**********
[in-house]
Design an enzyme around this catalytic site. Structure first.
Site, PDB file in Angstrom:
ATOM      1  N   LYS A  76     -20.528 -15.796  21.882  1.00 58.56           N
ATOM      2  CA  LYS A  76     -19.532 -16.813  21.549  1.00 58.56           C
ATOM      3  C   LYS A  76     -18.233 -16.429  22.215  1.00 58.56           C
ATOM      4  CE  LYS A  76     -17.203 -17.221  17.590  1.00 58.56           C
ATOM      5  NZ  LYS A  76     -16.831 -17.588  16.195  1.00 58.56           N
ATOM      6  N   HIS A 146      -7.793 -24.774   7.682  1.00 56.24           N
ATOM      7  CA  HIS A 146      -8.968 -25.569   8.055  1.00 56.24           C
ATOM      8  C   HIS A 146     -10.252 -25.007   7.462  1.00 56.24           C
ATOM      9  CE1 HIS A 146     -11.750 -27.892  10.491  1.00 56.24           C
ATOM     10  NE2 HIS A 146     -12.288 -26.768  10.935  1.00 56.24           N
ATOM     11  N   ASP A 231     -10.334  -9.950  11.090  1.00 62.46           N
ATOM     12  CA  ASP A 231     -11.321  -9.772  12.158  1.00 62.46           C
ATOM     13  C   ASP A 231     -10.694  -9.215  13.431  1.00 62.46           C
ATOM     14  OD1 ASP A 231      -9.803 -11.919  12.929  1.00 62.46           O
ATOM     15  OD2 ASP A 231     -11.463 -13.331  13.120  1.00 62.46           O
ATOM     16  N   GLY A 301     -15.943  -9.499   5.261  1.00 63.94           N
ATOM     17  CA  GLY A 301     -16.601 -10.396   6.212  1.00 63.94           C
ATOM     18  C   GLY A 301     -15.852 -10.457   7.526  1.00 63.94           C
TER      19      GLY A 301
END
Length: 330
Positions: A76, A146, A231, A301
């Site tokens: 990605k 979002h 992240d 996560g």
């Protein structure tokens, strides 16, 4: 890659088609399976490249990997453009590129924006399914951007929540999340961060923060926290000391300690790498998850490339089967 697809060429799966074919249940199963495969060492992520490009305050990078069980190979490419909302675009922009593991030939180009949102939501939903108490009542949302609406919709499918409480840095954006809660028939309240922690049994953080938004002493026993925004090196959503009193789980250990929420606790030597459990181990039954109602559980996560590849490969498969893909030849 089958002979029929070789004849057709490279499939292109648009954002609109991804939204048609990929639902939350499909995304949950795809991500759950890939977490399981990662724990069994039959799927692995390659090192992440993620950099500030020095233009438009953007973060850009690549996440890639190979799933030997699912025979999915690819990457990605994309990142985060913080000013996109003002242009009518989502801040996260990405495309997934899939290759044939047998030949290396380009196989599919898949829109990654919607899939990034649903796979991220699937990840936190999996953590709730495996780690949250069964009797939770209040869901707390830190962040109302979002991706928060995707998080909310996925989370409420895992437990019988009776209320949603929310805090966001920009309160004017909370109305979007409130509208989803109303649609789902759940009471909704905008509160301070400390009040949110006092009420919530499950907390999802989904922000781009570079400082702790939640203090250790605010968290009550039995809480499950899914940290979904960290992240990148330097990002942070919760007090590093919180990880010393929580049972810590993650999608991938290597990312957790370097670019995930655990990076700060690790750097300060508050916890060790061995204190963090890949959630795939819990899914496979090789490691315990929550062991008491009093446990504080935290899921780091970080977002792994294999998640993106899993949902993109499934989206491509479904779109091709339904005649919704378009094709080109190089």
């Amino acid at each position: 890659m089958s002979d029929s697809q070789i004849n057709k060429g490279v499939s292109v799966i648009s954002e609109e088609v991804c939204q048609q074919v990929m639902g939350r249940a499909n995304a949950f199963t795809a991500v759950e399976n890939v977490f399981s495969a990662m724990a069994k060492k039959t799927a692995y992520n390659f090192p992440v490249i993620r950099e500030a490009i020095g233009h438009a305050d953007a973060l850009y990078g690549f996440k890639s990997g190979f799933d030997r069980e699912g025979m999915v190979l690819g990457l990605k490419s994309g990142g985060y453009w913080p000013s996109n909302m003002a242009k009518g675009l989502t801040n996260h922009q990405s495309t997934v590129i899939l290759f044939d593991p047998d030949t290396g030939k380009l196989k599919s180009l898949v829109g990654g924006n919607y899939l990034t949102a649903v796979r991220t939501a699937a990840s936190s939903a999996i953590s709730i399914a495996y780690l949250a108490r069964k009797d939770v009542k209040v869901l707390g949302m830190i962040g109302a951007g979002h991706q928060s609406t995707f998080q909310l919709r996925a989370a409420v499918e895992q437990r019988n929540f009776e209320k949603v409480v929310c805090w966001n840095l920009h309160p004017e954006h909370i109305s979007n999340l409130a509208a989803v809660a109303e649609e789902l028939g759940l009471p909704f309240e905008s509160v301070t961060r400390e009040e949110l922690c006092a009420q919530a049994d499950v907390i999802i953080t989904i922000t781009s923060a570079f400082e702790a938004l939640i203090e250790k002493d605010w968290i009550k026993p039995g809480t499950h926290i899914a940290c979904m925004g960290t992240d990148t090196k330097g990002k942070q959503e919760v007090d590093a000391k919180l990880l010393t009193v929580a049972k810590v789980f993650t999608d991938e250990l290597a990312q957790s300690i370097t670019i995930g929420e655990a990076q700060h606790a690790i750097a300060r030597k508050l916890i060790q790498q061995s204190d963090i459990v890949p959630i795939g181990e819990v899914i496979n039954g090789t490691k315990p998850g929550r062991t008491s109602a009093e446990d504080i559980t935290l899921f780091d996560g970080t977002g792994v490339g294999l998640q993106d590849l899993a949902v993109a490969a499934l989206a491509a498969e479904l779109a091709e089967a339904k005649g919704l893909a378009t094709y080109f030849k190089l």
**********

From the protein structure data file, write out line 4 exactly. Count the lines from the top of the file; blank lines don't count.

ATOM      1  N   LYS A  76     -20.528 -15.796  21.882  1.00 58.56           N